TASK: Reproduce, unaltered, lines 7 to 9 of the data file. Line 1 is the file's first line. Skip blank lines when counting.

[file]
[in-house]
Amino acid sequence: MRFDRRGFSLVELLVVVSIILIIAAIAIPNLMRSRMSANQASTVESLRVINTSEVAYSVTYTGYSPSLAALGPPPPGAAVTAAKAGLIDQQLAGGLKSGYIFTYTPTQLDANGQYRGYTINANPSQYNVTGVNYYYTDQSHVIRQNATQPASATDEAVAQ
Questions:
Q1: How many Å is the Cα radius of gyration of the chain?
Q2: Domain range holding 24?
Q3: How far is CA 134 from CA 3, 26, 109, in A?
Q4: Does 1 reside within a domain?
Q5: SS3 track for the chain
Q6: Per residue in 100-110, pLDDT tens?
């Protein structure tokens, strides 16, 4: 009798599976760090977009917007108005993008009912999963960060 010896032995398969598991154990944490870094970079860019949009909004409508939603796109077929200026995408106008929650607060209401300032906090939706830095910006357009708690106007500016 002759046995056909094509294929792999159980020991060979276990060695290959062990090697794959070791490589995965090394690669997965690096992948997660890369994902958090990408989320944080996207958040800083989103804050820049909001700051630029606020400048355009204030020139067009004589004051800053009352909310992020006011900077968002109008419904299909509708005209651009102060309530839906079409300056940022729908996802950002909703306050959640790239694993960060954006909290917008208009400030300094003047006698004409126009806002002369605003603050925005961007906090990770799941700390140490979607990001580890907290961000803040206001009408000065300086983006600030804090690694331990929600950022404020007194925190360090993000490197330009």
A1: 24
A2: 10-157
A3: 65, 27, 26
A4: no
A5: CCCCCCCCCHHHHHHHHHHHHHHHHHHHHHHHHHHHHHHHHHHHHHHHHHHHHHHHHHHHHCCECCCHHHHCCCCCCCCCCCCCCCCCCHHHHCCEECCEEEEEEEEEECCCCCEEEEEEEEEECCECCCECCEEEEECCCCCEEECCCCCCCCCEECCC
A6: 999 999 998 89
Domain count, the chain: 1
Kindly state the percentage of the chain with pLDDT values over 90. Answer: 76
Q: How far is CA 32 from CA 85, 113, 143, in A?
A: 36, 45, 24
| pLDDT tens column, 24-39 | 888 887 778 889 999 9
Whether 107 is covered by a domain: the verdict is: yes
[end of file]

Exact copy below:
Q4: Does 1 reside within a domain?
Q5: SS3 track for the chain
Q6: Per residue in 100-110, pLDDT tens?